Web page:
CPJ Insider: Year-End Edition

Thank you for all of your support this year, as CPJ confronted grave dangers to journalists and press freedom around the world. With you standing with us, we can continue to defend freedom of expression and your right to know the truth. Here are some highlights of 2021, which were made possible thanks to your support.

We helped free more than 100 imprisoned journalists

This year, CPJ helped win the release of 101 imprisoned journalists, the most we have ever helped free. This includes nearly 40 journalists released from prison in the Middle East and North Africa and 21 freed in Europe and Central Asia—specifically, in Turkey.

Mahmoud Hussein Gomaa, seen with his daughter after his release from an Egyptian prison in February 2021. (Reuters/Mohamed Abd El Ghany)

Still, the number of journalists imprisoned for their work remains extremely high—in December, CPJ released our annual census of jailed journalists and found 293 were behind bars, the most we have ever recorded.

As an editorial in the Sunday edition of The New York Times pointed out, “this is the sixth consecutive year that [CPJ] has recorded at least 250 journalists jailed for their reporting, a trend it attributes to ‘a growing intolerance of independent reporting’ by increasingly arrogant autocrats prepared to flout due process and international norms to stay in power.”

We at CPJ continue to do this work because we believe that winning the release of imprisoned journalists is one of the most important things that we can do. So we document each detention and advocate on the journalist’s behalf. We carry out “Free the Press” campaigns each year and raise imprisonments in our meetings with government leaders. And each year, we honor an imprisoned journalist at our International Press Freedom Awards ceremony.

Change takes time, but our advocacy works. CPJ will continue to fight for the freedom of all journalists behind bars.

We helped win convictions in journalist murders

When a journalist is murdered, we talk to their family and friends, we consult their colleagues, and we speak to local authorities. We conduct advocacy and report on the murder in our work. We call on local and national authorities to ensure the killers are brought to justice. We also publish an Impunity Index each year, which highlights those countries where journalists are killed and their murderers go free.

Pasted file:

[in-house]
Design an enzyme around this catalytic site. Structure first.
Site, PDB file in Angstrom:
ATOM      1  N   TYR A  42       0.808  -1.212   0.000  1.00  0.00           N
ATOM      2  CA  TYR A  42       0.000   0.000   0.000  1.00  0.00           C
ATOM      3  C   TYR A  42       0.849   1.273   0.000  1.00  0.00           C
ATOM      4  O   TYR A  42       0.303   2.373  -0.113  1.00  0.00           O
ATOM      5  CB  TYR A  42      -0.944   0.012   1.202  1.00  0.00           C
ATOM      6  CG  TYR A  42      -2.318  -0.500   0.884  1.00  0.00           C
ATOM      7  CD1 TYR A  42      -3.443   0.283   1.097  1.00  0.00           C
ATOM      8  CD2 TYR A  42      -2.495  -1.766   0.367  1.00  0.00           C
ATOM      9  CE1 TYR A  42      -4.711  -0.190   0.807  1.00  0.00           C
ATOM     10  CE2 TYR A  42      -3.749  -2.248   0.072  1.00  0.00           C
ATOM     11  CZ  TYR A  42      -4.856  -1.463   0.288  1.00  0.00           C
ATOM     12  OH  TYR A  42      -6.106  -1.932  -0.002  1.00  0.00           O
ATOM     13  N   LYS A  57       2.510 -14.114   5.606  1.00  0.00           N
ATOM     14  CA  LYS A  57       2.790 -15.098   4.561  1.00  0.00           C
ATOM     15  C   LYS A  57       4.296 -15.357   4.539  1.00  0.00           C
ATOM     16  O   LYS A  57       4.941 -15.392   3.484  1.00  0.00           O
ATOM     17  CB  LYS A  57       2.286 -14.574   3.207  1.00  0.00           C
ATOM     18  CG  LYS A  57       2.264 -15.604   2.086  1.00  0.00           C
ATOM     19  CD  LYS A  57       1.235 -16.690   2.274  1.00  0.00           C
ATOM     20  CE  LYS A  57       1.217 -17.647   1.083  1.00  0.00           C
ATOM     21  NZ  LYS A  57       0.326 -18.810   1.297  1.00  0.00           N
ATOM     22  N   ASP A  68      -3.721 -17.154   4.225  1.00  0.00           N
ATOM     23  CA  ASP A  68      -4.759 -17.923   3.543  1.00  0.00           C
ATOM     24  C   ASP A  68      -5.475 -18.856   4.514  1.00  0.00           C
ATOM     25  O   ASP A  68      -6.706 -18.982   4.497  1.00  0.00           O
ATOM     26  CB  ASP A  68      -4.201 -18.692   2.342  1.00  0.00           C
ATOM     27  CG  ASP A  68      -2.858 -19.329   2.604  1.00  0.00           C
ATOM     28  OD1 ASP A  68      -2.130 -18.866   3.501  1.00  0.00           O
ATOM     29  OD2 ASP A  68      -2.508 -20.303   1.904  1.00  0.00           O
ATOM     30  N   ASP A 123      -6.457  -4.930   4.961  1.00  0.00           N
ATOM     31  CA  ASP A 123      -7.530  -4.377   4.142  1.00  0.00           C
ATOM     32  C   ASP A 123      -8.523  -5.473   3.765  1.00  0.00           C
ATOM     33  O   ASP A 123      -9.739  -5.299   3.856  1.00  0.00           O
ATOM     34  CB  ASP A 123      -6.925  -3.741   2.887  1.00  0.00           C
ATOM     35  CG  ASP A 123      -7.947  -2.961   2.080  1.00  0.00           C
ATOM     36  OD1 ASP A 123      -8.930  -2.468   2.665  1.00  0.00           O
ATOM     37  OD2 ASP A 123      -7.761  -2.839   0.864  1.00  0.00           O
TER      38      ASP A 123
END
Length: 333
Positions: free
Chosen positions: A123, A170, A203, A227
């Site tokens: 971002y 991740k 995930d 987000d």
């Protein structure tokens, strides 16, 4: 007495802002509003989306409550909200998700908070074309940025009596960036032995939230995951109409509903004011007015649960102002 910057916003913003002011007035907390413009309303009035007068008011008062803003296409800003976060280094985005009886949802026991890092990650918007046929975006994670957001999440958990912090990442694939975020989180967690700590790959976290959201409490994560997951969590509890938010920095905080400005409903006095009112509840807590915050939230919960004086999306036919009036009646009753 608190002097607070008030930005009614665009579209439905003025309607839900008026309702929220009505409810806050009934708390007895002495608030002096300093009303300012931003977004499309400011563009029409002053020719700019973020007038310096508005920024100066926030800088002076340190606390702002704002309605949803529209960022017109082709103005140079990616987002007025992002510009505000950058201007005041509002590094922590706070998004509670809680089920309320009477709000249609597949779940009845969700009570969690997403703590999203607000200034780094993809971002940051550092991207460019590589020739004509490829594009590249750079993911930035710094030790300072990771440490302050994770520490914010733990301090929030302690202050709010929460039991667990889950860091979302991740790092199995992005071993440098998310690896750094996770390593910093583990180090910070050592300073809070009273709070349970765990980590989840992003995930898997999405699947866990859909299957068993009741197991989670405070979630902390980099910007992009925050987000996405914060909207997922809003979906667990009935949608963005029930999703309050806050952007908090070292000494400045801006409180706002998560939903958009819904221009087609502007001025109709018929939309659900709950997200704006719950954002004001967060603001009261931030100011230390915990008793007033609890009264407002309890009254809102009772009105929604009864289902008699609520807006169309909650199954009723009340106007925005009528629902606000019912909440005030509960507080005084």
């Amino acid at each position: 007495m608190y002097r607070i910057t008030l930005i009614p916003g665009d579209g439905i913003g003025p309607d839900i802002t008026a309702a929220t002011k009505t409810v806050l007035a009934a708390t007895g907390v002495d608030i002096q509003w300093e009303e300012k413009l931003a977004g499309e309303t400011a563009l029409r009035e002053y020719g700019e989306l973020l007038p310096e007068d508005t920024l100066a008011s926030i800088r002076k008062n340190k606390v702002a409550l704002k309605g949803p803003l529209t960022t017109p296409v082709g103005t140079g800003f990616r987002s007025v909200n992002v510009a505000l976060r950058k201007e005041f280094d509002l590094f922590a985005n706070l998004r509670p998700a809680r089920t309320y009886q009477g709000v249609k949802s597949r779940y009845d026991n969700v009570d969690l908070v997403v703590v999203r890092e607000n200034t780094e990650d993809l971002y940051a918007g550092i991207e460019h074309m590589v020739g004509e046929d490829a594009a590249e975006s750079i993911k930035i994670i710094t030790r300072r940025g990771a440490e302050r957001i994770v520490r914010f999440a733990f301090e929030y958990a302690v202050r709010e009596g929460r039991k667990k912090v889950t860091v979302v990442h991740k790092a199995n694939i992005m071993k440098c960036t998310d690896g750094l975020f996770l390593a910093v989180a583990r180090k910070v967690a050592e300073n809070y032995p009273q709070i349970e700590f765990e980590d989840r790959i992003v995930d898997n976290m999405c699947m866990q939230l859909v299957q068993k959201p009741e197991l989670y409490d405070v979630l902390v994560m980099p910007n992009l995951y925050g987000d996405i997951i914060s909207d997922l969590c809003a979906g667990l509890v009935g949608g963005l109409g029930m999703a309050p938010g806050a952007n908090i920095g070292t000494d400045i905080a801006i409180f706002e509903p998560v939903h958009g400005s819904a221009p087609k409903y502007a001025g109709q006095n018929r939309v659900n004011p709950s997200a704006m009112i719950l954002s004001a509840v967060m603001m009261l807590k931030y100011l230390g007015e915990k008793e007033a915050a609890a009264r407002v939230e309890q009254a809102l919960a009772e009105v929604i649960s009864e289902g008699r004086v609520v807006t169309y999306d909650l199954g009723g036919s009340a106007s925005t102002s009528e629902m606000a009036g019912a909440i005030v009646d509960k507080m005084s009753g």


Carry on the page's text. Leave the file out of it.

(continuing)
This year, CPJ advocacy helped win convictions in the murders of 10 journalists, including in the 2017 murder of Javier Valdez Cárdenas, a Mexican reporter who was shot dead on the streets of Culiacán. Valdez was the winner of CPJ’s 2011 International Press Freedom Award.

A portrait of Javier Valdez Cárdenas in Mexico City in 2017. (AFP/Bernardo Montoya)

This is why we are committed to fighting for justice. CPJ believes the lack of justice in hundreds of murders of journalists all over the world is one of the greatest threats to press freedom today.

Just this year, we found that at least 24 journalists were killed for their work, a sharp decline from the highs we had documented in 2018 and previously. Of the 2021 total, at least 19 were murdered in retaliation for their work, while three others were killed while reporting on conflict and two were killed covering protests or street clashes.

Click here to check out an interactive map that highlights CPJ’s data on killed and imprisoned journalists.

We helped protect Afghan journalists

In August, the Taliban seized power in Afghanistan, sparking a crisis for human rights and press freedom in the country. CPJ’s Emergencies department, formed in 2016 to offer comprehensive rapid-response support to journalists under threat, quickly sprang into action.

We coordinated support with our partners and with governments to help journalists find safe passage out of the country, and we identified and vetted journalists and their families to prioritize them for evacuations. In just a few weeks, CPJ helped 60 journalists and their families flee Afghanistan. One of them told us that if we hadn’t contacted him, he “would have been arrested or killed.”

Our new Emergencies director, Lucy Westcott, flew to Doha, the destination for many journalists, where she helped assist in and coordinate logistics for media workers who would be resettled. Throughout, we reported on the threats that journalists faced in the country, including on the attacks, home raids, and detentions by the Taliban. In one feature story, a female journalist told CPJ, “I may not be alive by the time the U.S. can evacuate me.”

Today, CPJ continues to get hundreds of emergency requests from journalists in Afghanistan who are still at risk, and we are providing journalists with grants to help keep them safe. We know that our work is not yet over—we have much left to do.


In an opinion piece for The Guardian, CPJ Executive Director Joel Simon highlights how the Nobel Peace Prize bestowed upon Philippine journalist Maria Ressa and Russian editor Dmitry Muratov won’t be meaningful unless governments ensure the rights of all journalists are protected.

Simon, in an op-ed for the Los Angeles Times, examines how the arrests of reporters in that city send a dangerous message to repressive governments. These arrests, Simon says, undermine “American democracy and provides an awful example globally.”

CPJ in the news

A record number of journalists are in prison right now, according to press freedom report,” CNN

2021: A grim year for journalists,” Radio Free Europe/Radio Liberty

How to hold the line: 4 journalism survival tips from 2021 Nobel Peace Prize winner Maria Ressa,” The Journalist’s Resource

Bloomberg News China staff Haze Fan still detained one year on,” Bloomberg

Free media essential to independent judiciary, parliament,” Dawn

Tigray rebels executed dozens of civilians, report says,” The New York Times

Media crackdown in Lesotho as radio station banned for a few weeks,” News24